Gary Cooper as Howard Roark
Patricia Neal as Dominique Francon
Raymond Massey as Gail Wynand
Robert Douglas as Ellsworth Toohey

As a dyed-in-the-wool visual aesthete whose lifelong relationship with film has been a battle with the influence of style over substance; I’m aware that my fondness for The Fountainhead has little to do with a sober assessment of its merits and faults. I’m nuts about the movie chiefly because it’s so visually striking and intoxicatingly stylized. I respond on an almost visceral level to how dazzling it is to look at, and I marvel at how closely the performances, in all their profound solemnity, hew so closely to that mannered, posturing style so expertly played for laughs in those old Carol Burnett Show movie spoofs. Indeed, in all of the areas where The Fountainhead seems to overplay its hand (it makes its points early and easily, then goes on to reiterate those same points, ad nauseum, scene after scene) I find I don’t fault the film so much as chalk it up to a particular type of broad-strokes, post-war American filmmaking.

The window of the past can do that…things you’d find unforgivably false in a film today look perfectly acceptable in a black & white film from the late '40s.
 Examples of The Fountainhead's breathtaking cinematography (Robert Burks) and art direction (Edward Carrere).

Well, that’s how things started for me and how things remained for some time. Unfamiliar with Ayn Rand or her philosophy (in any direct way), I was content to revel in The Fountainhead’s overwrought romantic melodrama and ravishing imagery with nary a thought given to its portentous themes. Themes that, even as a callow youth, struck me as slightly sophomoric.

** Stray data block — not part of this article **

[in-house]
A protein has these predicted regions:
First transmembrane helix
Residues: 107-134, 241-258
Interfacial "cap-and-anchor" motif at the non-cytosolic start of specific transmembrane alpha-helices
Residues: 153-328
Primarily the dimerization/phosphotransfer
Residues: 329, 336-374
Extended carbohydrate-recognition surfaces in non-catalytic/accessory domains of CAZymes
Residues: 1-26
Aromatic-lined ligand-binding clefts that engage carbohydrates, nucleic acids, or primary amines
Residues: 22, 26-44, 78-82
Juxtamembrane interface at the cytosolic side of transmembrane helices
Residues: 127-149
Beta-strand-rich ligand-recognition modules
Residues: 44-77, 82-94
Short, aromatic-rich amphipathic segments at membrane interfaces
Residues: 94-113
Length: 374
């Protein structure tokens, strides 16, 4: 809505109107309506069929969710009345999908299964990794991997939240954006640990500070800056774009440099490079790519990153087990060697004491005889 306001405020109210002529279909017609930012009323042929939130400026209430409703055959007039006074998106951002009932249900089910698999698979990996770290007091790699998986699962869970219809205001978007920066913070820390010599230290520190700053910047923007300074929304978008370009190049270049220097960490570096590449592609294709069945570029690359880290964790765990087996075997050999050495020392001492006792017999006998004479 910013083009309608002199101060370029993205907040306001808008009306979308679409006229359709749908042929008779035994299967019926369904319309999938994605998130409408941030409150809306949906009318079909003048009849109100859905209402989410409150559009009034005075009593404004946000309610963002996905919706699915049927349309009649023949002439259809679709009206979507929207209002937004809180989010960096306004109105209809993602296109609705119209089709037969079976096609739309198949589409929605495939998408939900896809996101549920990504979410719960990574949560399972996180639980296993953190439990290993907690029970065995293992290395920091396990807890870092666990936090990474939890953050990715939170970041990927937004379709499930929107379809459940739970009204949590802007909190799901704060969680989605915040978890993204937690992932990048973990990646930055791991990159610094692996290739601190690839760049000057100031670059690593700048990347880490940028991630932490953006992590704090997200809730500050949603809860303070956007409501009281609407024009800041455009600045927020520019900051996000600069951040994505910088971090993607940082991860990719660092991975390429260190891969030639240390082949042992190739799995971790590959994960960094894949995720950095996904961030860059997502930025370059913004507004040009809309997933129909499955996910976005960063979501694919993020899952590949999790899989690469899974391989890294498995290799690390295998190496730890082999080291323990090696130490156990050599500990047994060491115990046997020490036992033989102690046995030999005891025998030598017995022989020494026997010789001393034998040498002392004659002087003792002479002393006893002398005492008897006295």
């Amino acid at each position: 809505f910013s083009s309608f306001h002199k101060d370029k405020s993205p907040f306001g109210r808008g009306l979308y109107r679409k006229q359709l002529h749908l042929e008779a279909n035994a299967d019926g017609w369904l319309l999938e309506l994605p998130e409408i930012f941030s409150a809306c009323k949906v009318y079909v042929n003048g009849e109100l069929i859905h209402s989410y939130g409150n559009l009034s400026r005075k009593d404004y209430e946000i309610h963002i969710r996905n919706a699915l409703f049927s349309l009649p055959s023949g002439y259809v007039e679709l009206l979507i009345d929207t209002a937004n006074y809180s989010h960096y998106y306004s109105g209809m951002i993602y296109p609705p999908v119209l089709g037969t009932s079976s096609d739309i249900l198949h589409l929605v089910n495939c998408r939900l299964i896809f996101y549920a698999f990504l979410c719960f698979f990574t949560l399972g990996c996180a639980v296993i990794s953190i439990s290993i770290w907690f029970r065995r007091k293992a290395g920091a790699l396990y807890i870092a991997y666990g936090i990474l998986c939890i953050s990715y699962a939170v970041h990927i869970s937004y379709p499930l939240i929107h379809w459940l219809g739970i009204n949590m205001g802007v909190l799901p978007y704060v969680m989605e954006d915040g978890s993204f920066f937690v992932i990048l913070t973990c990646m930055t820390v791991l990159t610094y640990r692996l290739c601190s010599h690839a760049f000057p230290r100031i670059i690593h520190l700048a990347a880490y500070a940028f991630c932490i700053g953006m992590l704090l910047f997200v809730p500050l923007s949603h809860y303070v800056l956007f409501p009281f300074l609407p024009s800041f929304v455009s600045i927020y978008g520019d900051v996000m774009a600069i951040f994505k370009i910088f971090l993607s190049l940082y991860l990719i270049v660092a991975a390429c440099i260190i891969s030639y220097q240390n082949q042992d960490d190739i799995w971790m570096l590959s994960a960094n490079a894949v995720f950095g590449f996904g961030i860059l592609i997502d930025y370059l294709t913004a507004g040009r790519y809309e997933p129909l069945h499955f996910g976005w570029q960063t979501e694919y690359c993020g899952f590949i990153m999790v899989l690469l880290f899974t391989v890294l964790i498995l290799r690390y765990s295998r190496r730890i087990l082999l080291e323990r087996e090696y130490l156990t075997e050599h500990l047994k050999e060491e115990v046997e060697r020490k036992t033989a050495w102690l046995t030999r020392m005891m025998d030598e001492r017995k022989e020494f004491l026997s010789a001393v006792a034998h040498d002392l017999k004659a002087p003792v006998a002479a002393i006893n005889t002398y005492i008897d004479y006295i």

When, many years later, I finally got around to reading The Fountainhead, I was actually surprised at what a windy polemic against Collectivism it was. I enjoyed the novel’s descriptive passages very much, and welcomed the fleshing out of the slim characterizations of the film, but its central plot was almost buried below a lot of ideological redundancies. It was nevertheless a book I enjoyed immensely, and, intrigued by Rand’s penchant for narrative overkill, I ventured forth and tackled her last and most famous novel, Atlas Shrugged. Bad move.
 I won’t turn this post into a diatribe against Objectivism or the unfortunate adoption of Atlas Shrugged and Rand’s philosophies by America’s Tea Party Movement. But let’s just say that when it came to learning more about Ayn Rand’s philosophical beliefs, more was decidedly less.
Flirting with Fascism
Ayn Rand liked to make it easy to identify the heroes and villains.
The villains have weak, effete names like Ellsworth Toohey, and are prone to striking 
dictatorial poses at the slightest provocation
Before I had read The Fountainhead, it never crossed my mind that the film adaptation was, in some ways, little more than a visual-aid lecture on Objectivism. I just thought it was a great-looking movie saddled with an over-obvious, poorly-written screenplay. In viewing the film from Rand’s perspective, I can well imagine why she despised it; the power of King Vidor’s images overwhelm her words.